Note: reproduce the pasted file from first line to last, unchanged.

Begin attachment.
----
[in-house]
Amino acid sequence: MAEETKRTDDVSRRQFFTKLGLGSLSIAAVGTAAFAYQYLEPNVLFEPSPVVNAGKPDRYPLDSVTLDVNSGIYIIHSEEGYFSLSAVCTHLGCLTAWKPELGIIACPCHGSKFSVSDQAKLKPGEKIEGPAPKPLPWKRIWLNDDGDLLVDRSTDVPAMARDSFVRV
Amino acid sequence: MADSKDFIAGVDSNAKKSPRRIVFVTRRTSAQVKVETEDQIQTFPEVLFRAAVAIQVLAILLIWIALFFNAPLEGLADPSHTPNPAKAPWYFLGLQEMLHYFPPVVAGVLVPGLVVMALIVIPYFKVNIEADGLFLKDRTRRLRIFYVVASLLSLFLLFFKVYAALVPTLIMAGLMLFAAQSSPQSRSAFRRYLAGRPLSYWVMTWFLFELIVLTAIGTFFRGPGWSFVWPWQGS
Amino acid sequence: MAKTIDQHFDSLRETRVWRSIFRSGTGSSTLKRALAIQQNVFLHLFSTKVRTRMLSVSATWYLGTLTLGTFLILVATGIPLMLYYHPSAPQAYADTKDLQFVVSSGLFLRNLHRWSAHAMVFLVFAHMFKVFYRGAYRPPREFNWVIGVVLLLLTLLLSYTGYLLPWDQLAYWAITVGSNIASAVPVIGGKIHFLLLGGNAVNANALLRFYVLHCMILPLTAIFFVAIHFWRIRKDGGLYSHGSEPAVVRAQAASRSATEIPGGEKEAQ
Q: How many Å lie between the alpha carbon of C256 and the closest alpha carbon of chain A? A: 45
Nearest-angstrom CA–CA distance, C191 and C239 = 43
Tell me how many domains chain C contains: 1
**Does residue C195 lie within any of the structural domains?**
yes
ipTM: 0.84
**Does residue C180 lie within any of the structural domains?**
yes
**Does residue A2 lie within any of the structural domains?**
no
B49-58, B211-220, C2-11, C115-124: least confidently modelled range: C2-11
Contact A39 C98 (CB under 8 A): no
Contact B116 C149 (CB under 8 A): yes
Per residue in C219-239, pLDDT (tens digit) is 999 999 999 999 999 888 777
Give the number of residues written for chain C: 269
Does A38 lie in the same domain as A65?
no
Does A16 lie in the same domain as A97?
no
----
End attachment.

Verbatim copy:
[in-house]
Amino acid sequence: MAEETKRTDDVSRRQFFTKLGLGSLSIAAVGTAAFAYQYLEPNVLFEPSPVVNAGKPDRYPLDSVTLDVNSGIYIIHSEEGYFSLSAVCTHLGCLTAWKPELGIIACPCHGSKFSVSDQAKLKPGEKIEGPAPKPLPWKRIWLNDDGDLLVDRSTDVPAMARDSFVRV
Amino acid sequence: MADSKDFIAGVDSNAKKSPRRIVFVTRRTSAQVKVETEDQIQTFPEVLFRAAVAIQVLAILLIWIALFFNAPLEGLADPSHTPNPAKAPWYFLGLQEMLHYFPPVVAGVLVPGLVVMALIVIPYFKVNIEADGLFLKDRTRRLRIFYVVASLLSLFLLFFKVYAALVPTLIMAGLMLFAAQSSPQSRSAFRRYLAGRPLSYWVMTWFLFELIVLTAIGTFFRGPGWSFVWPWQGS
Amino acid sequence: MAKTIDQHFDSLRETRVWRSIFRSGTGSSTLKRALAIQQNVFLHLFSTKVRTRMLSVSATWYLGTLTLGTFLILVATGIPLMLYYHPSAPQAYADTKDLQFVVSSGLFLRNLHRWSAHAMVFLVFAHMFKVFYRGAYRPPREFNWVIGVVLLLLTLLLSYTGYLLPWDQLAYWAITVGSNIASAVPVIGGKIHFLLLGGNAVNANALLRFYVLHCMILPLTAIFFVAIHFWRIRKDGGLYSHGSEPAVVRAQAASRSATEIPGGEKEAQ
Q: How many Å lie between the alpha carbon of C256 and the closest alpha carbon of chain A? A: 45
Nearest-angstrom CA–CA distance, C191 and C239 = 43
Tell me how many domains chain C contains: 1
**Does residue C195 lie within any of the structural domains?**
yes
ipTM: 0.84
**Does residue C180 lie within any of the structural domains?**
yes
**Does residue A2 lie within any of the structural domains?**
no
B49-58, B211-220, C2-11, C115-124: least confidently modelled range: C2-11
Contact A39 C98 (CB under 8 A): no
Contact B116 C149 (CB under 8 A): yes
Per residue in C219-239, pLDDT (tens digit) is 999 999 999 999 999 888 777
Give the number of residues written for chain C: 269
Does A38 lie in the same domain as A65?
no
Does A16 lie in the same domain as A97?
no